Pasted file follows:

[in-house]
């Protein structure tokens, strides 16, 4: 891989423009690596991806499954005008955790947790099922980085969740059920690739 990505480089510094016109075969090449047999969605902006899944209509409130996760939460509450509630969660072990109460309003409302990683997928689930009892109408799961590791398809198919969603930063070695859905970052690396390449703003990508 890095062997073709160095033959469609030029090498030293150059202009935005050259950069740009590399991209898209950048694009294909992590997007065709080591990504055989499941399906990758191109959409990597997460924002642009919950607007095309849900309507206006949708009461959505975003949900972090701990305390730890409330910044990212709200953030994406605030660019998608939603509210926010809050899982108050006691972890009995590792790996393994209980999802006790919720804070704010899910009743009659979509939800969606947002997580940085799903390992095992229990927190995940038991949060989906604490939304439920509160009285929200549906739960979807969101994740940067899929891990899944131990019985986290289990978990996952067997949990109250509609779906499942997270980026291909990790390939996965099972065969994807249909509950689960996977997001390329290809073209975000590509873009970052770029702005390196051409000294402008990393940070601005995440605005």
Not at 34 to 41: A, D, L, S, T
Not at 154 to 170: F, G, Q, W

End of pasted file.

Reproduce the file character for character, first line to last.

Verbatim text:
[in-house]
């Protein structure tokens, strides 16, 4: 891989423009690596991806499954005008955790947790099922980085969740059920690739 990505480089510094016109075969090449047999969605902006899944209509409130996760939460509450509630969660072990109460309003409302990683997928689930009892109408799961590791398809198919969603930063070695859905970052690396390449703003990508 890095062997073709160095033959469609030029090498030293150059202009935005050259950069740009590399991209898209950048694009294909992590997007065709080591990504055989499941399906990758191109959409990597997460924002642009919950607007095309849900309507206006949708009461959505975003949900972090701990305390730890409330910044990212709200953030994406605030660019998608939603509210926010809050899982108050006691972890009995590792790996393994209980999802006790919720804070704010899910009743009659979509939800969606947002997580940085799903390992095992229990927190995940038991949060989906604490939304439920509160009285929200549906739960979807969101994740940067899929891990899944131990019985986290289990978990996952067997949990109250509609779906499942997270980026291909990790390939996965099972065969994807249909509950689960996977997001390329290809073209975000590509873009970052770029702005390196051409000294402008990393940070601005995440605005």
Not at 34 to 41: A, D, L, S, T
Not at 154 to 170: F, G, Q, W